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Interview with a Lawyer: A Look at Legal Life

BPPdave-lsat-blog-courtroom

First, I’d just like to say that we own Algeria. Secondly, I’d like to say that watching a soccer game from a bar at 7 in the morning is as surreal an experience as you’ll find outside of a Wes Anderson film. Thirdly, I’d actually like to introduce you to the interview we’ve got below.

Odds are that you’re thinking about being a lawyer. You’ve either taken the LSAT or are going to take the LSAT, with the next step obviously being applying for law school.

Before you make the leap, however, it’s important to take a look at where you’ll be landing. Below is an interview we conducted with Joan Cotkin, a Los Angeles-based lawyer doing the kind of work many of you ostensibly hope to do. She gives a good peek at the kind of life you’ll be leading when you too are a lawyer.

1. What’s your name and where do you work?

Joan M. Cotkin, Nossaman LLP, in downtown Los Angeles, CA.

2. What kind of law do you practice?

Civil litigation with an emphasis on insurance coverage issues, employment law and general business litigation. I have been fortunate enough to handle almost any kind of civil litigation including professional liability and have had many jury trials in courts all over California.

3. What is a typical day at the office like for you?

I usually come into the office between 5:30 am and 6:30 am and put in between 10-12 hours depending on the pending matters. If I am in trial then the work day is intense–usually 16 to 20 hours a day with early am in the office for pretrial prep, late afternoon and evening post trial day review and next day prep and weekend work. Unless I am in trial, I do take weekends off.

4. What do you like best about your job?

I enjoy the challenge and variety of fact patterns, figuring out what really happened, and how to formulate a claim or a defense to a claim. Among the challenges are the continued and constant variation of law–new practice areas, as well as the almost daily development of the law as appellate courts and legislatures do their work. I enjoy the creative side of coming up with an analysis with legal argument and authority to support it. It is particularly satisfying to establish law in an appellate setting and I have been fortunate to have participated in a number of appeals that did so.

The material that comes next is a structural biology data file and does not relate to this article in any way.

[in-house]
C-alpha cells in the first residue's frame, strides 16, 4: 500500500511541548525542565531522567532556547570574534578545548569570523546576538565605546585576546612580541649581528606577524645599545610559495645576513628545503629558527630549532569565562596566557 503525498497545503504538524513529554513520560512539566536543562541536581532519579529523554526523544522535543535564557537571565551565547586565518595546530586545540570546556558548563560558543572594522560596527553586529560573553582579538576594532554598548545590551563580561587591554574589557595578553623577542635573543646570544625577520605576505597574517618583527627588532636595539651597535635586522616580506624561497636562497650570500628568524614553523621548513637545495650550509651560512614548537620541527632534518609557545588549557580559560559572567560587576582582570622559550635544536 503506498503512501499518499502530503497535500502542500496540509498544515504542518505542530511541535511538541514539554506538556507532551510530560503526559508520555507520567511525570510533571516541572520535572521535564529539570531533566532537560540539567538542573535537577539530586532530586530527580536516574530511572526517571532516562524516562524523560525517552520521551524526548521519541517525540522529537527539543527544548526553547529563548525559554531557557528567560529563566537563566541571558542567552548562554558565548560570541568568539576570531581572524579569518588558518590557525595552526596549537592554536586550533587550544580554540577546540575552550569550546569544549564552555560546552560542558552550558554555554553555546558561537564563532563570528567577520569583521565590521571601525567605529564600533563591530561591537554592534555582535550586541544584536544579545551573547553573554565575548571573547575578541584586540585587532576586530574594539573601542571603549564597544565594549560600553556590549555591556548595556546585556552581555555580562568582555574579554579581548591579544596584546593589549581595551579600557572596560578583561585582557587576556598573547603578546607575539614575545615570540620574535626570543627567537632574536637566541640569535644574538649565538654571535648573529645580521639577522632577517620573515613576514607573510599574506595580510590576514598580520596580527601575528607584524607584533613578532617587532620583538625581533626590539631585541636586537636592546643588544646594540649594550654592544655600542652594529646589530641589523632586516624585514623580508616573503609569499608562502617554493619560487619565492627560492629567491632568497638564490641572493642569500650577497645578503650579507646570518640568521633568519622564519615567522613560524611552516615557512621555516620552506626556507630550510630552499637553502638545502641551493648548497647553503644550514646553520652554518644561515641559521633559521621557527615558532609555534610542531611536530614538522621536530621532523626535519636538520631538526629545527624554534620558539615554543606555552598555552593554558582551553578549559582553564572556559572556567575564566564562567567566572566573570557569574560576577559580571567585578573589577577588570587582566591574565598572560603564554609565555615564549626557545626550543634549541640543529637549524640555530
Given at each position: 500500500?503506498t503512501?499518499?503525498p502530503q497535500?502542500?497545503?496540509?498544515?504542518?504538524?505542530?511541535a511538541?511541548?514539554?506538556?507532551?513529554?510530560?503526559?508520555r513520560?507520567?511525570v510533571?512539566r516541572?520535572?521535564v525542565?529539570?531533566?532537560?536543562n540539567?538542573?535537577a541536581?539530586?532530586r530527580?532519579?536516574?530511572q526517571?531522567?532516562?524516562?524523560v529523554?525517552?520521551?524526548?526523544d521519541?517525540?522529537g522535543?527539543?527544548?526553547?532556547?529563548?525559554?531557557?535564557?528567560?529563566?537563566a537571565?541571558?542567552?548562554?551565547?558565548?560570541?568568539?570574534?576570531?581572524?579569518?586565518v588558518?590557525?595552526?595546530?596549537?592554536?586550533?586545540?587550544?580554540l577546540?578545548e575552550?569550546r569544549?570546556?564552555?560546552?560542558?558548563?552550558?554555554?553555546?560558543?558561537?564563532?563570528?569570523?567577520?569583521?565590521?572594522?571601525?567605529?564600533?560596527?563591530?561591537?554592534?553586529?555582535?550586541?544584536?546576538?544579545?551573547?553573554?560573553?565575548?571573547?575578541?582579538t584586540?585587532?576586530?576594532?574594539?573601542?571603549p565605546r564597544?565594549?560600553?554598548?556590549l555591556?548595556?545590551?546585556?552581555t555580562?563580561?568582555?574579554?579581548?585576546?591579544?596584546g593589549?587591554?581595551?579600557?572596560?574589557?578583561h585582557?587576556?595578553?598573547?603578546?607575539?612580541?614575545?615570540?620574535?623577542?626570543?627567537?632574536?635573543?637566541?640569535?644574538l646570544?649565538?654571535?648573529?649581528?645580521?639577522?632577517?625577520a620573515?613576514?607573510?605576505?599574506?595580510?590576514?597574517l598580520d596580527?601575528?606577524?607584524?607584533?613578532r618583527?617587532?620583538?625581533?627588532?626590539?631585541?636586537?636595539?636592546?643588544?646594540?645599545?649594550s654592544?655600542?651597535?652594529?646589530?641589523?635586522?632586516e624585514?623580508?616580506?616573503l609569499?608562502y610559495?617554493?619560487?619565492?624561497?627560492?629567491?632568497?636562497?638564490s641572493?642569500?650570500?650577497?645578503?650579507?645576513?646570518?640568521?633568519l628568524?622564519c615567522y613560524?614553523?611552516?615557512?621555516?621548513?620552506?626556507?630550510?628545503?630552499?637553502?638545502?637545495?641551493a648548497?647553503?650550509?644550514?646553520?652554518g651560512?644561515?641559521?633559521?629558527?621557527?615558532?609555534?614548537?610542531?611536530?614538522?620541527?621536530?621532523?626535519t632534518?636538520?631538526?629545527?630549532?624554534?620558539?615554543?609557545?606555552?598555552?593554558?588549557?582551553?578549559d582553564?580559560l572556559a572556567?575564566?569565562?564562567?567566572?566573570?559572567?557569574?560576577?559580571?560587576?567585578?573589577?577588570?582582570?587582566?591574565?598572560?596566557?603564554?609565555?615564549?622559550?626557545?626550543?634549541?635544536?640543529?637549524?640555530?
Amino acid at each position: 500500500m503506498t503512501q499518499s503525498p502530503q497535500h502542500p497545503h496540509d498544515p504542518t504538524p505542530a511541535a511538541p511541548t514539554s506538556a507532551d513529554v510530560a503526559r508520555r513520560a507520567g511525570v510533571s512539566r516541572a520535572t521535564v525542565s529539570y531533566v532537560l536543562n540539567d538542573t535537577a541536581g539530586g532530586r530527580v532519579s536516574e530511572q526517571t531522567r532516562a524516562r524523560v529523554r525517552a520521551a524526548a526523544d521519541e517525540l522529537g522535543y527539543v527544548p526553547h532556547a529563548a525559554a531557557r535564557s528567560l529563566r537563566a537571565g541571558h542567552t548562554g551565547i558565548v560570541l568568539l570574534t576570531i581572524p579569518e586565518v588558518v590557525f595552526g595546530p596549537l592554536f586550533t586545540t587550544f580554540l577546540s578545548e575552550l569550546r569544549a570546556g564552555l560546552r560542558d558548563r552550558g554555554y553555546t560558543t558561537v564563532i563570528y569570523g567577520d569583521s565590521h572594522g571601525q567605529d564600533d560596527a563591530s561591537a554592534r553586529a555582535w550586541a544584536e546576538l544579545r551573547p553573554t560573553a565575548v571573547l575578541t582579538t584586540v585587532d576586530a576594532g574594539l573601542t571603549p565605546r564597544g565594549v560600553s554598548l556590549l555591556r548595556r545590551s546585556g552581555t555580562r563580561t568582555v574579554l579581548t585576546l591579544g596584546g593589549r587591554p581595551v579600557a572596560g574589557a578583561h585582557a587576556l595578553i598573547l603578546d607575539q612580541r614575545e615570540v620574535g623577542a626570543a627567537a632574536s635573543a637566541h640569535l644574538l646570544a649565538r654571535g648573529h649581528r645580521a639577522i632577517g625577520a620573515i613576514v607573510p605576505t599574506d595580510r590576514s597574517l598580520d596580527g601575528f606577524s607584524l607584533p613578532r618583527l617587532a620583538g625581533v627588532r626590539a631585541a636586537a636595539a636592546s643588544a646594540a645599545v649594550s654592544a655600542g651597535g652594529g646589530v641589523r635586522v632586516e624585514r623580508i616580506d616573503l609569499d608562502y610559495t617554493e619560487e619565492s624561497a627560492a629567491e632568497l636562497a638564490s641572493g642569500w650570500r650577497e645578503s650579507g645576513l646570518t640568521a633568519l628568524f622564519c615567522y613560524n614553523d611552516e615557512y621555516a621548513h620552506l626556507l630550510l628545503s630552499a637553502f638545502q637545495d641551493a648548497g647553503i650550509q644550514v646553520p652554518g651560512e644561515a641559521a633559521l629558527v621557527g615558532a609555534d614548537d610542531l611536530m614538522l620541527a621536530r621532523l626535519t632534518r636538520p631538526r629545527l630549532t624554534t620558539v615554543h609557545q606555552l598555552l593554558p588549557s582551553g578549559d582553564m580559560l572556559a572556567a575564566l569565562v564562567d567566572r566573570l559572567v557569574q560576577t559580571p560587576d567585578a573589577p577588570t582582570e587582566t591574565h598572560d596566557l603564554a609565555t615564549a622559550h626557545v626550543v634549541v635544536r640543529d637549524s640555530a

It is most satisfying to assist those who need representation and to be successful in securing their rights.

5. What do you like least about your job?

Time sheets, collecting accounts receivable and other aspects of the business of law.

6. What do you wish you had known about the legal profession before becoming an attorney?

I knew very little about the profession other than the idealistic portrayals in the media, which is probably a good thing.

7. Do you have any advice for students contemplating the legal profession?

Be prepared for challenging work and lots of it. Mental agility is important as well as the ability to simplify.

The best lawyers are able to analyze the issues in simple terms. Being succinct is a key factor in all legal work: Being able to articulate “who is suing whom for what” in ten words or less.

A brief which can express the concepts in simple declarative sentences is much more persuasive than a lengthy complex discourse. Especially at the trial court level–Judges only have about five minutes of time to work up each matter that comes before them.

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